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mail2 taking orders;

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Simpler method of taking secure orders

The most secure way of taking an online order is to immediately encrypt it with a public key, and then mail it to whomever is going to process the order. When they get it (assuming their computer is secure), they can decode it and process it.

Unfortunately, that process requires running the encryption software on the order processing person's computer, and that is not always a good solution. A simpler solution is to store the order on the web server in an encrypted form, and have the order processing person connect to the webserver (via a secure connection) and enter the decryption password and retrieve the plain text order via the secure connection. This stops the order from ever being stored on the webserver or sent over the internet in plain text, which should satisfy most banks. It unfortunately means that the strength of the encryption is entirely dependent on the password.

How To

(Before I start, I should note that to use encrypted orders, you will need to get baremetal to generate a public and private key pair for you. Please let us do this, as we would far rather store encrypted orders.)

Using this "order processing" technology is pretty simple. mail2 has a new SAVE method, called ORDER ....

<input type="hidden" name="SAVE" value="ORDER" />

If you specify a SAVE format of ORDER, the mail2 gadget will create an "orders" directory beside the top directory of the webserver, and store any orders in there. The first order # assigned will be 100, and the next will be 101, etc... The order number is available to templates as the ORDER_NO variable.

If you want the security of encrypted orders, you must format your orders with the <PGP> tag in a template. That said, you can use the (ugly) built in formats to get started.

Retrieving the orders

You can see/retrieve/delete the order files via FTP, but if they are encrypted, you won't be able to read them. The URL for retrieving secure orders will depend on how your secure site is setup. If you order page is under a shared certificate like ... then the order retrieval page would probably be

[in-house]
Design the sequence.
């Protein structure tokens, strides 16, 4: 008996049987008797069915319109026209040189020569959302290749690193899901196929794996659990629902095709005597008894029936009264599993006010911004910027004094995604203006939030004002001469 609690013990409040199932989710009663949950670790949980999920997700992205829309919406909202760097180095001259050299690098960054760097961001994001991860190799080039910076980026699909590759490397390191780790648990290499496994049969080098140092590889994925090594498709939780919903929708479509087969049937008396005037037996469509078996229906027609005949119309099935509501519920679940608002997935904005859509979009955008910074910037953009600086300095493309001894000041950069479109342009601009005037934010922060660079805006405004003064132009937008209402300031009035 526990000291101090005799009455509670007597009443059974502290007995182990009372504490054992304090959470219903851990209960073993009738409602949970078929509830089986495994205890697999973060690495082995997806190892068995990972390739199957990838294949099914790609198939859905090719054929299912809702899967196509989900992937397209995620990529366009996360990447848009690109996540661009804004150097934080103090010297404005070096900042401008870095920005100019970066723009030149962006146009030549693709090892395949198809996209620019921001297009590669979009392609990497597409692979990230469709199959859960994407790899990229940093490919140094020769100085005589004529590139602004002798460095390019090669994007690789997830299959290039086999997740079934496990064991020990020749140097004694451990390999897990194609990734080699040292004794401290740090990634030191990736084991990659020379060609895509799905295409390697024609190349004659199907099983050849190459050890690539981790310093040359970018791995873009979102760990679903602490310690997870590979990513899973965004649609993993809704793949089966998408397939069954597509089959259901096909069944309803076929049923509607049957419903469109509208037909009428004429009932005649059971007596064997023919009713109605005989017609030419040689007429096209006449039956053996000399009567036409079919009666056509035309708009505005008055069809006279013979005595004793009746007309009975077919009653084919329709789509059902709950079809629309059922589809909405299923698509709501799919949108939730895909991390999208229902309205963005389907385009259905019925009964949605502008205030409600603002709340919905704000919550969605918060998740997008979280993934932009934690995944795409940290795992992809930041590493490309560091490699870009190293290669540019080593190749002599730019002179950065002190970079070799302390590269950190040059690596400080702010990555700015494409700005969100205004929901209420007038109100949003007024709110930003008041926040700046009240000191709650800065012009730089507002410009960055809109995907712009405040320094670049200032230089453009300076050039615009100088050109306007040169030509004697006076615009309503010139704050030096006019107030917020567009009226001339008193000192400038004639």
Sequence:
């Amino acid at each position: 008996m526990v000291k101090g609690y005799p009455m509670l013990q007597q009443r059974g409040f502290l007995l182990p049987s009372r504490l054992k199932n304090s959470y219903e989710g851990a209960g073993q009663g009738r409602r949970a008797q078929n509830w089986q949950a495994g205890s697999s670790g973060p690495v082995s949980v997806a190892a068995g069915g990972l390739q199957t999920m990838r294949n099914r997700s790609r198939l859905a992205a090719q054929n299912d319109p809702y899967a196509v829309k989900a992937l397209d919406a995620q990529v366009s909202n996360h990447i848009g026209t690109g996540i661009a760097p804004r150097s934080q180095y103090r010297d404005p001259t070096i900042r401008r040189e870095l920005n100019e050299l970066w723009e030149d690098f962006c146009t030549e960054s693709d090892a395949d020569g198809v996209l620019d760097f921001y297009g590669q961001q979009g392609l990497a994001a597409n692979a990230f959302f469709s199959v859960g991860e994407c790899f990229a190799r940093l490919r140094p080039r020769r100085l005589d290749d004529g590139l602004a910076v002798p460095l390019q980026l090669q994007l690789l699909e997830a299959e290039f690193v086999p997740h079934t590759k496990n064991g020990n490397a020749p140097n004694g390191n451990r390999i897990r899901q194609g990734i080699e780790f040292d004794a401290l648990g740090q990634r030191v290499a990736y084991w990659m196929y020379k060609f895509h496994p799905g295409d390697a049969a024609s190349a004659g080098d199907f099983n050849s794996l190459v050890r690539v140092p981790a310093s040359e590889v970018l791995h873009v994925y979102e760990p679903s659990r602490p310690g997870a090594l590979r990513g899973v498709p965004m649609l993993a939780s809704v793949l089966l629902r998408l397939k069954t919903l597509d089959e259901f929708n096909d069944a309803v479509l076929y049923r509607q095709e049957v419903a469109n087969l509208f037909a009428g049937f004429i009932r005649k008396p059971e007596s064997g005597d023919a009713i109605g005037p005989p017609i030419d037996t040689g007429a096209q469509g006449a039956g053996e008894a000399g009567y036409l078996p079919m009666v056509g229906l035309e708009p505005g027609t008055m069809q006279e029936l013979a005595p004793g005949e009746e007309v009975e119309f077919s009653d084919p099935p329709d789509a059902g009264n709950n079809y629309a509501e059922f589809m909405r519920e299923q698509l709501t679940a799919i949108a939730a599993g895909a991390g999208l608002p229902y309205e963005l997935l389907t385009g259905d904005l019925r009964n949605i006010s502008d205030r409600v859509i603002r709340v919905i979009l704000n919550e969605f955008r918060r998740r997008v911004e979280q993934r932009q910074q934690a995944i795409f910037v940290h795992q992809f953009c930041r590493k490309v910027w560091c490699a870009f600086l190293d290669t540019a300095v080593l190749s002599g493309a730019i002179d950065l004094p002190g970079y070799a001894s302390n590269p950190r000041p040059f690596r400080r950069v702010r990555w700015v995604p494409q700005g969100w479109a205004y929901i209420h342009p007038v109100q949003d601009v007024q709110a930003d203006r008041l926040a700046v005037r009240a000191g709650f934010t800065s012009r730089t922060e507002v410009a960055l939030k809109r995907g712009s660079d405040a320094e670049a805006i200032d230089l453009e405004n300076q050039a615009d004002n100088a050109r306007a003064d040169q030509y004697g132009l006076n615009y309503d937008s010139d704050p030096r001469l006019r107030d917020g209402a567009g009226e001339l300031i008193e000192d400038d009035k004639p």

Additional Notes

The mail2 gadget is _very_ powerfull, it can be configured to send a receipt to the client, an order notification to your orders desk, and store the secure order. In fact, you will probably want to do all three!

Regarding order numbers. The system looks at the files in your orders directory to calculate the next order number. So if you delete all your orders, the system will assign order number 100 again.

Filenames. The orders are stored in files which are named by the order number and the order date.

The orders directory. The gadget will create a .htaccess file containing "deny from all". This is a security precaution. The directory is not supposed to be web accessable, but if websites are nested, or your home directory has been "customized" then the orders directory could end up inside a website, and this file will prevent the whole world from being able to view your orders (although they won't be able to decrypt any encrypted data). For your customers sake, please don't delete that file.


In this example SSLURL could be https://yourdomain/ if you have your own SSL certificate, or it could be one of the baremetal ones followed by a suffix for your account (e.g.

Here is a simple example. It just logs a name and a credit card number.

<form method=post action=SSLURL/cgi-bin/mail2>
Who are you? <input name=name> <br>
What is your credit card number? <input name=cardno> <br>
	<input type="hidden" name="SAVE" value="ORDER" />
	<input type="hidden" name="LOGIN" value="your.ftp.userid" />
	<input type="hidden" name="FORMAT" value="/test/order.tpl" />
	<input type="hidden" name="REPLY" value="/test/reply.tpl" />
	<input type="hidden" name="TO" value="orders@yourdomain" />
	<input type="hidden" name="TEMPLATE" value="/test/notice.tpl" />
	<input type="submit">

In this example we are using three templates. REPLY specifies the response that will be displayed on the visitors screen after the order is saved. FORMAT specifies the formatting for the order (see below), and TEMPLATE specifies the order notification that will go to the TO address (orders@yourdomain in this case).

Here is an example of a FORMAT template:

   Order #: {ORDER_NO}
   name: {name}
   the card number information is in the encrypted section below.

   Order #: {ORDER_NO}
      name: {name}
    card #: {cardno}
      Time: {LOCAL_TIME}


This would produce an order file that looked like:

   Order #: 100
      name: John A Smith

Version: GnuPG v1.0.7 (GNU/Linux)


and which would decrypt to look like:

   Order #: 100
      name: John A Smith
    card #: 1234-5678-8901-2345
      Time: Friday, 03-Dec-04 14:16:11 PST

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Last updated: Thursday, 28-May-2015 16:14:57 PDT
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